I'll print this out and play at the shop with it today but I will likely send it in to Bernie in the end because one never knows where their Ebay find came from or when it was cleaned last, even if I do find the issue with the shutter.

The one thing that sticks in my head is that there is a clean break between frames and it looks like the shutter is opening clean and at the right timing, it's just staying open too long, into when the claw starts pulling. Especially since it looks overexposed a tad, or actually a full stop or so. I was using a Minolta Autometer IV on cine setting (24f) and setting the lens directly with those numbers. All the shots are the same as far as looking a bit overexposed, at least I think so.So even if the film were sitting still, it looks like it's hanging open too long. Just a thought.

Thanks again guys. I'm sure Bernie will have a thought or two as well, then off it goes for a bath. The camera came with a Som Berthoit 17.5 - 70 that I already had Bernie realign. That's the lens I used and it seems flawless now. Very smooth. I guess I should put a few dollard into the body as well and have a good setup I can count on for a few years. Overall, If the camera can be fixed up, this wasn't a bad buy for the $200 or so I paid for the whole setup. It came with a Cookwe and Switar prime but it's missing the 75mm prime.

Thanks again,

Sean
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#9 Sean McHenry

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Posted 24 August 2007 - 12:18 PM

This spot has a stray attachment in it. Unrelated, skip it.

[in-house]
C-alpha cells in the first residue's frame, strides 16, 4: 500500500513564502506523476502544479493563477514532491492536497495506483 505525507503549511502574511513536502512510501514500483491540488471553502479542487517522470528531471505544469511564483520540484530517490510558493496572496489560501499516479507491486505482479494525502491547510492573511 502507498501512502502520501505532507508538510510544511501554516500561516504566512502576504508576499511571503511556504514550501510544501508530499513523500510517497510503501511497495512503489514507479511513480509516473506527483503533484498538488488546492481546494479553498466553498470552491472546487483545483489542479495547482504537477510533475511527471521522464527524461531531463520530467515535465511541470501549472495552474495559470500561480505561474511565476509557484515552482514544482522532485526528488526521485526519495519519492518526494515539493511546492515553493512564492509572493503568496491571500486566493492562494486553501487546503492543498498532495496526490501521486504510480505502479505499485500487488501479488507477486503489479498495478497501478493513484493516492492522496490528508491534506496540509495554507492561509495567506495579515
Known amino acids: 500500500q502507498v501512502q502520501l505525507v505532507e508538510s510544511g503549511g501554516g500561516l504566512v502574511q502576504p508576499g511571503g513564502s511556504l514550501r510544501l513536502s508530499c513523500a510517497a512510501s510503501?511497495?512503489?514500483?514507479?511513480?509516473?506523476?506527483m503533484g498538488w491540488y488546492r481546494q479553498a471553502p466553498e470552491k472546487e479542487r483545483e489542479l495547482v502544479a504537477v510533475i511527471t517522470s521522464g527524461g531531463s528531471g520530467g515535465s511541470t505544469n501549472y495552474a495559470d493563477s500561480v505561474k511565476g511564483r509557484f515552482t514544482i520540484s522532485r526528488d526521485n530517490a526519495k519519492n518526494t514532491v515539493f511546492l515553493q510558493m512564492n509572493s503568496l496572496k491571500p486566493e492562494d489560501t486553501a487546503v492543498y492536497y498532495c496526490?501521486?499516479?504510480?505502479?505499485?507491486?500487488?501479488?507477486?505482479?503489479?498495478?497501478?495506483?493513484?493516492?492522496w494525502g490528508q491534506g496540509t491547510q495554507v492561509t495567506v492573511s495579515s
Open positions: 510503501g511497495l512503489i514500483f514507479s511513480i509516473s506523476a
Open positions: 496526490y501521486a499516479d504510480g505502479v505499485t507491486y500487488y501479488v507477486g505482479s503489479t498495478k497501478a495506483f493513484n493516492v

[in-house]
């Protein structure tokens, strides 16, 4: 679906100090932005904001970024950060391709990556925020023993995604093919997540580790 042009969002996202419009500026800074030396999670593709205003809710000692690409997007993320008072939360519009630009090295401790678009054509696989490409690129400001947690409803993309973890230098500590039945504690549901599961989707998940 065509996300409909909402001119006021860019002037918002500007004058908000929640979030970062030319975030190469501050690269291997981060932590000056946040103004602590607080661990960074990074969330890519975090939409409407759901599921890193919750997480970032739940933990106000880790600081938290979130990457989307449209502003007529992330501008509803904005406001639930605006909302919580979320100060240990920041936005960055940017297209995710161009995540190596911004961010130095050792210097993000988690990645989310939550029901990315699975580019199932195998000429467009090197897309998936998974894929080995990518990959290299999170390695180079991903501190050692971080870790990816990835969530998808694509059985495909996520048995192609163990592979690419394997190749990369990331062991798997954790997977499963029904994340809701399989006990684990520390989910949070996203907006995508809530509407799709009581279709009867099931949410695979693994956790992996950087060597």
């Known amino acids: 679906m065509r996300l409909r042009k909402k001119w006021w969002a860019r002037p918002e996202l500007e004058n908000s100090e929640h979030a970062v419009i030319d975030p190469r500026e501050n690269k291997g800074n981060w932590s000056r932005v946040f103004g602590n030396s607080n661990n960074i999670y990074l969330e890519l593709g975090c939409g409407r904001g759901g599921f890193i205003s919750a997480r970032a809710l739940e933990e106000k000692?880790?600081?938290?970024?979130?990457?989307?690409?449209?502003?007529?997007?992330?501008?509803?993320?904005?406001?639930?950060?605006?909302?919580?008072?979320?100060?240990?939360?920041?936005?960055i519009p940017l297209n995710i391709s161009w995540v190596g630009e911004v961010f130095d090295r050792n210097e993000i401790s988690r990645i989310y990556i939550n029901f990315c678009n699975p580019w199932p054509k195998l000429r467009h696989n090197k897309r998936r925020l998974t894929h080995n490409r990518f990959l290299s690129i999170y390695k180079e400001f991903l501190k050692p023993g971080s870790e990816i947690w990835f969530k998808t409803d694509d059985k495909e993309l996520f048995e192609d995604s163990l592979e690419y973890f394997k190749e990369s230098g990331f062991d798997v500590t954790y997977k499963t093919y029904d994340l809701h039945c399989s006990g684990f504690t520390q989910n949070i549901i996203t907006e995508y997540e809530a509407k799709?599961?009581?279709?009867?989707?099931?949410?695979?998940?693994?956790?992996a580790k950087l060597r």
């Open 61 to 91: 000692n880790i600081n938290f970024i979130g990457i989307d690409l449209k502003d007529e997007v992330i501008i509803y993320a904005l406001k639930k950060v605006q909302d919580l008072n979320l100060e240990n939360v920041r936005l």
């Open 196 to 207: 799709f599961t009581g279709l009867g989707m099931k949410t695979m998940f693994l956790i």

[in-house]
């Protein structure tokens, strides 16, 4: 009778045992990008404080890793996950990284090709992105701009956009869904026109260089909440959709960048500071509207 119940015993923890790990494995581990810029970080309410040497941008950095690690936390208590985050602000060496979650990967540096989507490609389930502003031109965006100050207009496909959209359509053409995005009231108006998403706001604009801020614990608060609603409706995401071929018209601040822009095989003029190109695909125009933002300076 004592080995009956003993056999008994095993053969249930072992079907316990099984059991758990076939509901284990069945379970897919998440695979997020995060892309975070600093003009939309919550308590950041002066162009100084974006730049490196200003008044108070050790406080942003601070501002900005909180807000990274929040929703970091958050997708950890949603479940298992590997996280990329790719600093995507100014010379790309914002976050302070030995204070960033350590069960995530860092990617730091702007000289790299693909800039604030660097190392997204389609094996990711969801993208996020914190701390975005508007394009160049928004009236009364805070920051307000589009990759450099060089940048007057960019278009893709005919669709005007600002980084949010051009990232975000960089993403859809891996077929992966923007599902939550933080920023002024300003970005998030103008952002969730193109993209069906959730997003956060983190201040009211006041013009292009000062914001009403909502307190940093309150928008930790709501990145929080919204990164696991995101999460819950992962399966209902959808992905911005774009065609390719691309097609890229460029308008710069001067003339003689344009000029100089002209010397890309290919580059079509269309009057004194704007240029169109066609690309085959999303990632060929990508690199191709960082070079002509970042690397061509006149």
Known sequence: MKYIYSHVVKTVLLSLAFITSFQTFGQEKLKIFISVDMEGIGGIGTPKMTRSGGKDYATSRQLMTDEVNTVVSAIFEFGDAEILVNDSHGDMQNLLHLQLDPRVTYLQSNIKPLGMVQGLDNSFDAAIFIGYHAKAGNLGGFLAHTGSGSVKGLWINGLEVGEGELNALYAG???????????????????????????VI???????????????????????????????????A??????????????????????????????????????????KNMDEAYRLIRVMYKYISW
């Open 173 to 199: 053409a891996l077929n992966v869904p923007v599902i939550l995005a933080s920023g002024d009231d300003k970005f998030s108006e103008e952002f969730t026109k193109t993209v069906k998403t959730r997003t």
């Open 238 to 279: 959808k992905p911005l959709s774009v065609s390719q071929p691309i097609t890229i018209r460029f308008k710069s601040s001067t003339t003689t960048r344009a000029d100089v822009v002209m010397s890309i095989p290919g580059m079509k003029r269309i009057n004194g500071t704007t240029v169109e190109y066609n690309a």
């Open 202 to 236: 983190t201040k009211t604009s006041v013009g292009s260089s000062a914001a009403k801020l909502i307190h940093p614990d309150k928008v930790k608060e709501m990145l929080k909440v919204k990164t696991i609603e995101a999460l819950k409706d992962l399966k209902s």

Hey folks. Just noticed this on the Bolex issue. In single frame mode I saw there is a secondary claw at the feed side of the gate. Is that supposed to hold the film steady or assist in any way? It feels like it should be spring loaded as there is some play in it but it's loose right now. I can apply slight pressure and bring it down to the film plane and it will stay where I put it.

From the angle of the hook in it it looks like this is supposed to keep the film from sliding backward toward the supply reel when the claw moves up to grab the film. I'm thinking this may be the culprit. What do you folks think? You know the part I am talking about? Forgive my not knowing what this piece is exactly as this is my first 16mm camera and it isn't mentioned in the manual that I saw.

Sean
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#10 Nick Mulder

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Posted 24 August 2007 - 02:29 PM

Hey folks. Just noticed this on the Bolex issue. In single frame mode I saw there is a secondary claw at the feed side of the gate. Is that supposed to hold the film steady or assist in any way?

Nope, its the claw used when you run the camera in reverse.

Get yourself a rewind crank on eBay - aside from being super helpful in diagnosing problems you can also save yourself a heap of partial loads and do effects etc...

In fact I am not going to help you any more until you do ! heh ;) (just kidding, but seriously without one there aint much we can do anyhow)

Edited by Nick Mulder, 24 August 2007 - 02:34 PM.

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#11 Sean McHenry

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Posted 24 August 2007 - 03:36 PM

Nope, its the claw used when you run the camera in reverse.

Get yourself a rewind crank on eBay



Actually, it came with one. Tried hand cranking it over today but for some reason it wasn't catching on the shaft. I'll look more into that when it comes back. I have heard of the lap dissolves and such using it but I'll be doing all that in Avid most likely. I would however like to play with varying the speed randomly.

It's boxed and ready to ship up to Bernie finally. I was hoping to have it out today but we just finished the live ESPN feed here and I think I missed my chance to hit the post office before it closes. There's always tomorrow. I guess I'll shoot some Super8 Tri-X till it comes back so I'm not Jonesing too much for film.

Thanks,

S.